I know there are tons of very strong opinions surrounding epidurals. People seem to be passionately for or against them. Honestly, I hesitate to even utter the word out loud or put it in writing because of the strong feelings regarding medicated or unmedicated births. So, as I tiptoe through the subject, let me just say that I am 100 percent middle-of-the-road on epidurals.
I will sing the praises of an epidural because anything that can make that much pain invisible to a human birthing another human is both a miracle and a scientific work of art. On the other hand, I think my mama friends who have knowingly gone into what is likely the most painful experience of their lives—ready to bear it all with no assist from meds—are rock stars. This is not about my opinion on epidurals. It’s about my experience with them.
It never occurred to me NOT to have an epidural with my first pregnancy. Get that baby out with as little pain as possible! I didn’t regret it, either. I had a happy and healthy baby boy. And, with the number of stitches that were said to have been administered afterwards, I’m pretty happy I was oblivious to all that went on down there.
I loved my birth story: Nearly two weeks late. Had a scheduled induction. Got to get a full night’s sleep and showed up bright and early to the hospital only to have a baby five short hours and six quick pushes later. Easy-peasy, right? It was a walk in the park, actually—thanks to a baby that was very ready to come out and a little thing called an epidural.
But, as I started comparing stories with friends who went about this whole pushing-a-baby-out business with no drugs, I found myself with birthing envy. Birthing envy is when you hear other people’s birth stories and become jealous of their short labor or exciting water breaking story or their calm home birth ambiance.
Some people’s birth experiences just seemed so much better than mine.
I mean, here they are, “bragging” about how intense it was when the baby crowned or the animalistic noises that they made through contractions and I’m all: “Crowning? What’s the ring of fire?” I mean, I played Uno through most of my labor and contractions. The doctor came in and checked me as I was about to lay big, fat "Skip" card on my mother and said, “It’s time to push." Lovely as that all was, I felt like I’d somehow missed out on this amazing experience because I didn’t feel it the way they did. Did I not “earn” my birthing badge because I didn’t feel all the pain?
Even through my slight envy of other people’s natural birth stories, when I was about to give birth to my second child, I went ahead and wholeheartedly signed myself up for an epidural without a second thought. Obviously, I wanted drugs, right? My labor was progressing pretty fast and just as my contractions were getting unbearable, my knight (anesthesiologist) in shining armor (scrubs) rode (rolled his cart) into my delivery room. We did the whole “turn and hug a pillow/act like a cat” bit so he could administer this magic potion into my spine. Relief was eminent … or so I thought.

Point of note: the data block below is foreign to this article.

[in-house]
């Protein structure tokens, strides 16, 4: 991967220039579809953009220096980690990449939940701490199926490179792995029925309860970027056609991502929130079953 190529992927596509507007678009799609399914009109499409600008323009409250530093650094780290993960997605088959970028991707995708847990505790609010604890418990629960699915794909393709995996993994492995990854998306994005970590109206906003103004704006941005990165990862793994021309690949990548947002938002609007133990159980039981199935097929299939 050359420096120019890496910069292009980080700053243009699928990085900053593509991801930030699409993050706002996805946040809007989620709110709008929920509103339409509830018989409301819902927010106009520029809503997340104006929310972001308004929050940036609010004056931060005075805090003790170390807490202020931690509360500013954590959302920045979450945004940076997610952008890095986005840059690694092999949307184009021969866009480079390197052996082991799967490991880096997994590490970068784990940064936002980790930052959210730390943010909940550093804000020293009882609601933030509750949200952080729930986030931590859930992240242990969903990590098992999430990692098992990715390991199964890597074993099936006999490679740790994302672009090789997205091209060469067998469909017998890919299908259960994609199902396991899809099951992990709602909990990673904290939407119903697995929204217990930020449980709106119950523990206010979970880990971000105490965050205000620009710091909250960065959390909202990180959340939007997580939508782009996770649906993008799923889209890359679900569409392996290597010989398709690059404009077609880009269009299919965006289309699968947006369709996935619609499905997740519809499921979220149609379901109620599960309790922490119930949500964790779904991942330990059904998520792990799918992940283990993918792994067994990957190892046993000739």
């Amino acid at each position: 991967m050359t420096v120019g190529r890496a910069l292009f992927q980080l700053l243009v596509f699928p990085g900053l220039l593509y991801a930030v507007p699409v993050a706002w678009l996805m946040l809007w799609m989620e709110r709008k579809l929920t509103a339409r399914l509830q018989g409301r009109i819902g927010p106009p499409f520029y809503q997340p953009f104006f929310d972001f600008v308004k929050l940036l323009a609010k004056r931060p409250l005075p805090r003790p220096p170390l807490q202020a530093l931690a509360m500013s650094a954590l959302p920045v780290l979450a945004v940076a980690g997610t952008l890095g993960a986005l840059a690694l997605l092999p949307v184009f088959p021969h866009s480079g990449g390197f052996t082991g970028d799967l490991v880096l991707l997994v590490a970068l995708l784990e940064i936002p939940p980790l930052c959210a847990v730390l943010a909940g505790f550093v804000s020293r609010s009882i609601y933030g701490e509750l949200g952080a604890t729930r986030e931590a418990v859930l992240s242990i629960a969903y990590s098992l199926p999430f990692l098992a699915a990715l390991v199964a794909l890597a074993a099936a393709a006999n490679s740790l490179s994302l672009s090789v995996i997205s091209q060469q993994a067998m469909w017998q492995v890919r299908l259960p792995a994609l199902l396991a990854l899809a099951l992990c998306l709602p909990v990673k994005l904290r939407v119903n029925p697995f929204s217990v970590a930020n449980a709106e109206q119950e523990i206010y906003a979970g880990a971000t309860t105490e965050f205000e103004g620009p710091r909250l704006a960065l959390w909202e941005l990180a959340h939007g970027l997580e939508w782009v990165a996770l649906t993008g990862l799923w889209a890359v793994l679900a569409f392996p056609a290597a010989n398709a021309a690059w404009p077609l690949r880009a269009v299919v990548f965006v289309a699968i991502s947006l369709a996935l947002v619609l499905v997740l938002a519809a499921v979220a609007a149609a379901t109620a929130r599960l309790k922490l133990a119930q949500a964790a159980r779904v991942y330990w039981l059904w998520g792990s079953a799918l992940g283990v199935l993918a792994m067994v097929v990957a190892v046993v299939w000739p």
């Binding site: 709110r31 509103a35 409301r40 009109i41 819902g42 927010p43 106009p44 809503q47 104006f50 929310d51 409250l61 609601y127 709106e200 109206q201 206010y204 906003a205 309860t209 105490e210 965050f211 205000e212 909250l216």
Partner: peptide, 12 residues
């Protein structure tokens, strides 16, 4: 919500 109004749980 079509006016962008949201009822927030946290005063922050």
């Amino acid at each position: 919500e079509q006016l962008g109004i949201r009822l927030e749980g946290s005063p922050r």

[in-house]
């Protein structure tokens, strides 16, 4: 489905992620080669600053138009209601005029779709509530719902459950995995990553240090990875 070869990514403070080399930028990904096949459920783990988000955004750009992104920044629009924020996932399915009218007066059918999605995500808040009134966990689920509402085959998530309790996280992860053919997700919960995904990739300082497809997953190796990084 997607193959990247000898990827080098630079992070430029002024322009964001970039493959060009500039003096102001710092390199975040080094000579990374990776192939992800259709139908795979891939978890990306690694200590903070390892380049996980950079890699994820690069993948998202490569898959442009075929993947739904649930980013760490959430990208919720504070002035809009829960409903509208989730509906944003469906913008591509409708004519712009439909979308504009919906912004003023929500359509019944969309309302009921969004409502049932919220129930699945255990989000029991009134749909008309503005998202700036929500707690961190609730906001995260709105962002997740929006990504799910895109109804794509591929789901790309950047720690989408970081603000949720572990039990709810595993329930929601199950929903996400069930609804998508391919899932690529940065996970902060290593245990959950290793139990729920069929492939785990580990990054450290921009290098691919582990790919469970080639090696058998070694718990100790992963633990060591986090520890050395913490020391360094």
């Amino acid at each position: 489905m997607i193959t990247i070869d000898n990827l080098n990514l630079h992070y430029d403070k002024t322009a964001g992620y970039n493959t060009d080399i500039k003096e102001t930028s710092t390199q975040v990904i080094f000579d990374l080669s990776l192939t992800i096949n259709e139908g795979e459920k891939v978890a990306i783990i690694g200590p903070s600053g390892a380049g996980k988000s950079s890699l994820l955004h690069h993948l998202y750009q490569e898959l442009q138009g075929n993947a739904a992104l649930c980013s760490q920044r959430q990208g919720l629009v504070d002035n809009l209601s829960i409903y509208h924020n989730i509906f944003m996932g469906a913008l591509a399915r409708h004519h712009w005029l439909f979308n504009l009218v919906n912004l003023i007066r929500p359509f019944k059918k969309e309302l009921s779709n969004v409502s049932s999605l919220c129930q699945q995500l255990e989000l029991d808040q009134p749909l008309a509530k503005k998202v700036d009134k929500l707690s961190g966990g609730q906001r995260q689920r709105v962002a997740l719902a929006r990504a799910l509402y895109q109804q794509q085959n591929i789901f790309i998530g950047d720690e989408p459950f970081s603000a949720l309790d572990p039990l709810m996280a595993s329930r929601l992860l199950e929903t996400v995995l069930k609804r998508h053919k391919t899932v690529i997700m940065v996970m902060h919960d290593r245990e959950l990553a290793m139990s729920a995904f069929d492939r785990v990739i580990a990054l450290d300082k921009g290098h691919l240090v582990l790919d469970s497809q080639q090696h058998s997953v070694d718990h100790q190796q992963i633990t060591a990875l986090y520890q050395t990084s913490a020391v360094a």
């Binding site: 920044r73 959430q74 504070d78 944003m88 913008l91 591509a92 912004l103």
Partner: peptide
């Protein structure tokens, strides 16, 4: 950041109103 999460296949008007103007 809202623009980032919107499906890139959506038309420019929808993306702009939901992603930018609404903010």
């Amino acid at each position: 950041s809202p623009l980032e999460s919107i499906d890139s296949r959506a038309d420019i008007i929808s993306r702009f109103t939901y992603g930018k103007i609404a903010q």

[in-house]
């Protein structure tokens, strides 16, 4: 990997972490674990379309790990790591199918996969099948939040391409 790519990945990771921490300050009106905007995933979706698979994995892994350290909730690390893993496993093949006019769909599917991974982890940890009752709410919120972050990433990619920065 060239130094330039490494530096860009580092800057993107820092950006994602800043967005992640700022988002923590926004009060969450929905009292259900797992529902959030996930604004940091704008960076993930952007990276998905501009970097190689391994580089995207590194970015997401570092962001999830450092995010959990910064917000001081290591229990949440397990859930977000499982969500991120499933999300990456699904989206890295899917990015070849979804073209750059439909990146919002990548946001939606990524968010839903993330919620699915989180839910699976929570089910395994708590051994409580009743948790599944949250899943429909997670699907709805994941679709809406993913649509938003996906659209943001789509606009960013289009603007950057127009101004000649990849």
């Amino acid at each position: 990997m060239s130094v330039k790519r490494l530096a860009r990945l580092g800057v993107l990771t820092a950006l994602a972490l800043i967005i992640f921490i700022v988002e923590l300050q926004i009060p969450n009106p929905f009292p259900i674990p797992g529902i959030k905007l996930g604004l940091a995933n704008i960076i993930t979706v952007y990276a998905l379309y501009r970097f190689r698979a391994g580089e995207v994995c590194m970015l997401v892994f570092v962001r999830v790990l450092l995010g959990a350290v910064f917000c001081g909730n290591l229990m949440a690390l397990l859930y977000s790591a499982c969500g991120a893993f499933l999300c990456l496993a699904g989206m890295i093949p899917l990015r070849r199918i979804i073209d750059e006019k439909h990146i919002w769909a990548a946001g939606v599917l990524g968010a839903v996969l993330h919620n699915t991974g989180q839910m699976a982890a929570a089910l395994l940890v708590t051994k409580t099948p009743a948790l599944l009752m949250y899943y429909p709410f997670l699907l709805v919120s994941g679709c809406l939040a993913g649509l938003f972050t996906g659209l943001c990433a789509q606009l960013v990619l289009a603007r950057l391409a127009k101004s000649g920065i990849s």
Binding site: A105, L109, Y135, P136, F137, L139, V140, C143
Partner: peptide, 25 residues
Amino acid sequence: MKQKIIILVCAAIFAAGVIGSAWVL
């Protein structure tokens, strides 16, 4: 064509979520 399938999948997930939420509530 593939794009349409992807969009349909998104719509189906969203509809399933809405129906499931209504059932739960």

Thirty minutes later, I’d been poked with what I can only assume was a 10-inch long needle into my spine numerous times and still felt every damn thing.
“Sometimes epidurals aren’t 100 percent effective,” my anesthesiologist said.
“Umm, come again?”
But as I look back on the birth of my darling daughter I find myself thankful that my epidural failed me.
How did I not know this?! My little magic shot was now off the table. I was left to labor alone—and by “alone,” I mean with my entire family, husband, parents, son and nurse going about life around me while I gritted my teeth and moaned through my contractions cursing the doctor and the medicine that failed me.
Fast-forward through a couple more hours of pain and discomfort and begging the nurse to let me push, and I finally emerged on the other side with a sweet baby girl on my chest and all the memory of pain out of my mind and onto her. Epidural? What epidural?
In the moment, when the epidural didn’t take effect, I was pissed and desperate and worried that I would not survive the pain. But as I look back on the birth of my darling daughter, I find myself thankful that my epidural failed me.
I felt really good immediately after birth.
I’m talking AMAZING. Like I was energized and exhausted at the same time. There is nothing that feels better than the absence of pain after you’ve been experiencing it for a lengthy period of time. No drugs give you that kind of high.
I wasn’t paralyzed.
When I had my son, the epidural was 100 percent effective. I couldn't move from the waist down. While it was nice to not feel any of the trauma taking place in my nether regions, I felt paralyzed after birth. I couldn’t sit up straight in bed. I couldn’t even cross my ankles or scoot over for my husband to sit next to me. This time, I could curl up and cuddle with both of my kiddos. Even get up and use the restroom.
I felt like a WARRIOR.
Here’s the thing: I did it. The thing I thought I couldn’t do without meds, I did. I was forced to overcome my fear of pain and I pushed that baby out feeling every little damn little thing. Me and my body did that. Now if that’s not brag-worthy, I don’t know what is.
I’m now six years removed from my successful epidural experience and six months past my second birth with all the feels. And you know what? After time has passed, I don’t sit here remembering the pain or lack thereof for either of my children’s deliveries. It’s all a blur when it comes to that business.
What I do remember is seeing these two beautiful babies for the first time. Being a mama is a powerful thing, both emotionally and physically. Nothing—not even an epidural—changes that.